Occupying sonic territory somewhere between Bob Wills and John Prine, James Talley has carved out a career unfettered by the Nashville machine, releasing relatively undiscovered records that speak of the American experience in the way only an Okie dust bowl born son of a Nuclear Plant technician can.
Born in Tulsa, OK in late 1943, he lived for a bit in Washington state but ultimately settled in New Mexico. While in school Talley trained as a fine artist before packing up for Nashville in 1968, at the encouragement of a passing through town Pete Seeger. Kicked around in Nashville, where he paid the bills as a Dept. of Human Services caseworker, he found shelter in trips to New York City seeking the mentorship of the legendary John Hammond Sr. (who launched the careers of Billie Holiday, Bob Dylan and Arthur Russell among many others).
Initially Talley was rejected by Columbia Records, then was signed to the doomed Atlantic Records Nashville before ultimately landing on Capitol Records, where he created the four albums which define his career- a body of work staunchly at odds with nearly everything else occurring in the popular music of the era. Combining an effortless ability to breathe life into the characters that inhabited his narrative world of song, with a musicality immersed in classic soul, country and the fiddles-on-fire Western swing of the aforementioned Wills, Talley created a canon of song that spoke of the old America: a world of vast landscapes and small towns, an agrarian fantasy connected through the hum and glow of radio tubes.
"Many a dream is dead and gone like the cowboy and his song, since I loved you on that old Red River shore"
- James Talley "Red River Memory"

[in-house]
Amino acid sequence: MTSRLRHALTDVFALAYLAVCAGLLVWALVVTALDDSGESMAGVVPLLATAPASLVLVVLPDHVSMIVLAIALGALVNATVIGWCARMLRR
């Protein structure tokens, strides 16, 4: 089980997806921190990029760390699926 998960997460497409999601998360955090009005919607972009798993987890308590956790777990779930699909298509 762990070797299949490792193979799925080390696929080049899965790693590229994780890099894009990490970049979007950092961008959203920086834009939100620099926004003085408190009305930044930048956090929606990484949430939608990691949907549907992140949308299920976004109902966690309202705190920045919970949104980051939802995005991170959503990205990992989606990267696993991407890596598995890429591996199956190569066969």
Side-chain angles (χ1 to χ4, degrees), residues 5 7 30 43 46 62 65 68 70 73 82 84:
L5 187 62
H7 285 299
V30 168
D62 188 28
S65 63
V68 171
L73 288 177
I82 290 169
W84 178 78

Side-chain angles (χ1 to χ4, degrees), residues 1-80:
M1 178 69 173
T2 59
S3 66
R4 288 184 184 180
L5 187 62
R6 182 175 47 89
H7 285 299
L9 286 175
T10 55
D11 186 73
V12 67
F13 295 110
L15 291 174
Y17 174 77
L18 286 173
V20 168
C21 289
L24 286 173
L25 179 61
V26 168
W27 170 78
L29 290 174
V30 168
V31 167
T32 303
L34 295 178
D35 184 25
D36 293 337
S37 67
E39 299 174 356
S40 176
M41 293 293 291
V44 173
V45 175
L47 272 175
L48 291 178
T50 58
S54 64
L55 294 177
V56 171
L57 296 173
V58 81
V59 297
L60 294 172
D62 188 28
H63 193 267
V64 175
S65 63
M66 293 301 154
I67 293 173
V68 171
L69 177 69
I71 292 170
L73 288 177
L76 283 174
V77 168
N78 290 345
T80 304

I first came across the stone classic Got No Bread, No Milk, No Money, But We Sure Got A Lot Of Love in a pile of donated radio promo LPs and jukebox 45s at a Habitat for Humanity Restore. Grabbing the record for one dollar on the merit of the minimalist design and name alone, I had no idea what I was bringing home. Within the first 30 seconds of the first track "W. Lee O'Daniel and the Light Crust Dough Boys" I felt a feverish, possessive sort of excitement.
Conceptually as daring as his former Atlantic labelmate Willie Nelson's Red Headed Stranger (also released in 1975, although Got No Bread... was recorded in 1973) Got No Bread... is a sparkling companion to Nelson's masterwork. It's equally as full of cowboys and open spaces as it is full of the bliss of companionship and the ideal of family. Most remarkably on "To Get Back Home" he states something of an ethos in a high tenor: "You know its hard to get back home, to see things die that you once loved so", lamenting the loss of love and the passing of a generation.
Talley followed Got No Bread... with Tryin' Like the Devil and Blackjack Choir, each of which are works of beauty equal to their predecessor. Both possess varied musicality (Tubas! Dobros! Pedal Steel!) and a high warble dotting the character sketches with the dirt and dust of the world weary. In 1977 he released his final work for Capitol, Ain't It Something, incorporating elements of New Orleans second line into the well articulated western swing, honky tonk and folk influences that defined his sound. Well ahead of his time once again, Talley presaged honky tonk moving on into new forms.
The 1980s found Talley releasing two seldom heard albums on the German Bear Family label, culminating in the release of Road to Torreon, a book of photography of New Mexican villages, featuring songs recorded and conceived before the writing and recording of Got No Bread....
In 1999 Talley started up his own label, Cimarron Records, that saw to the loving restoration of his catalog. Nearly all of his recorded work is available on CD from Talley directly, and most of the Capitol records are deep in the stacks of record stores worldwide, waiting to be found, often for less than $15. He is still active in Nashville, has performed twice at the White House for Jimmy Carter and in recent years has seen his work covered by artists as diverse as Moby and Johnny Cash.
In an era of long-tail economics and in light of the recent reissue campaigns of the Nashville noir of Mickey Newbury, James Talley's most important work is waiting patiently for rediscovery. It's Red River memories, and crickets outside the door; imminently relatable and part of the great American thing.